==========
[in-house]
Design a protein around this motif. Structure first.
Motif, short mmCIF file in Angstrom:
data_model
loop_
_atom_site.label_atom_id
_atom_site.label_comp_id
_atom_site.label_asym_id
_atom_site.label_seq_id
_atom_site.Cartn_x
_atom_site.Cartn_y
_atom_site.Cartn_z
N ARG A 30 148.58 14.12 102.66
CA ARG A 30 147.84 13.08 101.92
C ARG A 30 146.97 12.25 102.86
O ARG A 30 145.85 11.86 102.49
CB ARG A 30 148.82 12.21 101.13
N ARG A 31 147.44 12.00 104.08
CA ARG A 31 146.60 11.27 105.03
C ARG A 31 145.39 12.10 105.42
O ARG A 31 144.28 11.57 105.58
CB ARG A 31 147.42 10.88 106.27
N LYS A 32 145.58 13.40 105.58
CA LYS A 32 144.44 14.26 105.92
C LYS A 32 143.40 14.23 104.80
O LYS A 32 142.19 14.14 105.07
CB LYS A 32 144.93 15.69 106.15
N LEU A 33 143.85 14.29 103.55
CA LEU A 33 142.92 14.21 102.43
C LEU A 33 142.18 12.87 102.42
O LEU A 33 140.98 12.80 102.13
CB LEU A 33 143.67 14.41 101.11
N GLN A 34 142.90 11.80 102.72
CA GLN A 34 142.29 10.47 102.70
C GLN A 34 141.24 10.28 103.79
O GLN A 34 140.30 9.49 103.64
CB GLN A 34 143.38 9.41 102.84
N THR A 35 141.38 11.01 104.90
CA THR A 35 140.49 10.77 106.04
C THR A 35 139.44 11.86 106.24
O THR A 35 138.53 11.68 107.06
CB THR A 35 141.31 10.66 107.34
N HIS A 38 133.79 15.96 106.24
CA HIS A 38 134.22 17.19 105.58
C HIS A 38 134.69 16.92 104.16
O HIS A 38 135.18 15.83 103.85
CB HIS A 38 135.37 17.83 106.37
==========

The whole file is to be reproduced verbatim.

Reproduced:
[in-house]
Design a protein around this motif. Structure first.
Motif, short mmCIF file in Angstrom:
data_model
loop_
_atom_site.label_atom_id
_atom_site.label_comp_id
_atom_site.label_asym_id
_atom_site.label_seq_id
_atom_site.Cartn_x
_atom_site.Cartn_y
_atom_site.Cartn_z
N ARG A 30 148.58 14.12 102.66
CA ARG A 30 147.84 13.08 101.92
C ARG A 30 146.97 12.25 102.86
O ARG A 30 145.85 11.86 102.49
CB ARG A 30 148.82 12.21 101.13
N ARG A 31 147.44 12.00 104.08
CA ARG A 31 146.60 11.27 105.03
C ARG A 31 145.39 12.10 105.42
O ARG A 31 144.28 11.57 105.58
CB ARG A 31 147.42 10.88 106.27
N LYS A 32 145.58 13.40 105.58
CA LYS A 32 144.44 14.26 105.92
C LYS A 32 143.40 14.23 104.80
O LYS A 32 142.19 14.14 105.07
CB LYS A 32 144.93 15.69 106.15
N LEU A 33 143.85 14.29 103.55
CA LEU A 33 142.92 14.21 102.43
C LEU A 33 142.18 12.87 102.42
O LEU A 33 140.98 12.80 102.13
CB LEU A 33 143.67 14.41 101.11
N GLN A 34 142.90 11.80 102.72
CA GLN A 34 142.29 10.47 102.70
C GLN A 34 141.24 10.28 103.79
O GLN A 34 140.30 9.49 103.64
CB GLN A 34 143.38 9.41 102.84
N THR A 35 141.38 11.01 104.90
CA THR A 35 140.49 10.77 106.04
C THR A 35 139.44 11.86 106.24
O THR A 35 138.53 11.68 107.06
CB THR A 35 141.31 10.66 107.34
N HIS A 38 133.79 15.96 106.24
CA HIS A 38 134.22 17.19 105.58
C HIS A 38 134.69 16.92 104.16
O HIS A 38 135.18 15.83 103.85
CB HIS A 38 135.37 17.83 106.37